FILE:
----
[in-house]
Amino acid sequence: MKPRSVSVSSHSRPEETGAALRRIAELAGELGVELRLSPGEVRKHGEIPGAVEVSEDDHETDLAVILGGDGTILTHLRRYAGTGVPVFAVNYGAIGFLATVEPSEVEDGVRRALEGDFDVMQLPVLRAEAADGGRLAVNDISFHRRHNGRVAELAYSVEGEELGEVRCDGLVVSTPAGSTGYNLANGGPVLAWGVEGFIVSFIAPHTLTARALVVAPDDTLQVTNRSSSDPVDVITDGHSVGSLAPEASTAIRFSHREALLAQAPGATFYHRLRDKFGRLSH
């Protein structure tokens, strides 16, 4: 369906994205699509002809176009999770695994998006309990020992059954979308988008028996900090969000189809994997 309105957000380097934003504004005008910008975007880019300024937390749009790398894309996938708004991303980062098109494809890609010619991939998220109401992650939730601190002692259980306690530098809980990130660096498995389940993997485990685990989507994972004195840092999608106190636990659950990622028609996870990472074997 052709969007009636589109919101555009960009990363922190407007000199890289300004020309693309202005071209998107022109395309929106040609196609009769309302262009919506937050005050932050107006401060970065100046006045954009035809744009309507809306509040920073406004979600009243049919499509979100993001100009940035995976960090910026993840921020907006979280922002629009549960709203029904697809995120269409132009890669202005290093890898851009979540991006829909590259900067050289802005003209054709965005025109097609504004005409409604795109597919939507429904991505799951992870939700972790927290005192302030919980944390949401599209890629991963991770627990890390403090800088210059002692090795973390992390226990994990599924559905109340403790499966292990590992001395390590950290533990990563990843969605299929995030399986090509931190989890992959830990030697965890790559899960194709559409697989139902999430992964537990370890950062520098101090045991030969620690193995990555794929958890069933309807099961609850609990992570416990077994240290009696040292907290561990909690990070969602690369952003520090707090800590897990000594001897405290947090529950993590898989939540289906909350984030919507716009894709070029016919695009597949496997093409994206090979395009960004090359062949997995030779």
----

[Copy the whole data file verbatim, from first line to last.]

[in-house]
Amino acid sequence: MKPRSVSVSSHSRPEETGAALRRIAELAGELGVELRLSPGEVRKHGEIPGAVEVSEDDHETDLAVILGGDGTILTHLRRYAGTGVPVFAVNYGAIGFLATVEPSEVEDGVRRALEGDFDVMQLPVLRAEAADGGRLAVNDISFHRRHNGRVAELAYSVEGEELGEVRCDGLVVSTPAGSTGYNLANGGPVLAWGVEGFIVSFIAPHTLTARALVVAPDDTLQVTNRSSSDPVDVITDGHSVGSLAPEASTAIRFSHREALLAQAPGATFYHRLRDKFGRLSH
């Protein structure tokens, strides 16, 4: 369906994205699509002809176009999770695994998006309990020992059954979308988008028996900090969000189809994997 309105957000380097934003504004005008910008975007880019300024937390749009790398894309996938708004991303980062098109494809890609010619991939998220109401992650939730601190002692259980306690530098809980990130660096498995389940993997485990685990989507994972004195840092999608106190636990659950990622028609996870990472074997 052709969007009636589109919101555009960009990363922190407007000199890289300004020309693309202005071209998107022109395309929106040609196609009769309302262009919506937050005050932050107006401060970065100046006045954009035809744009309507809306509040920073406004979600009243049919499509979100993001100009940035995976960090910026993840921020907006979280922002629009549960709203029904697809995120269409132009890669202005290093890898851009979540991006829909590259900067050289802005003209054709965005025109097609504004005409409604795109597919939507429904991505799951992870939700972790927290005192302030919980944390949401599209890629991963991770627990890390403090800088210059002692090795973390992390226990994990599924559905109340403790499966292990590992001395390590950290533990990563990843969605299929995030399986090509931190989890992959830990030697965890790559899960194709559409697989139902999430992964537990370890950062520098101090045991030969620690193995990555794929958890069933309807099961609850609990992570416990077994240290009696040292907290561990909690990070969602690369952003520090707090800590897990000594001897405290947090529950993590898989939540289906909350984030919507716009894709070029016919695009597949496997093409994206090979395009960004090359062949997995030779």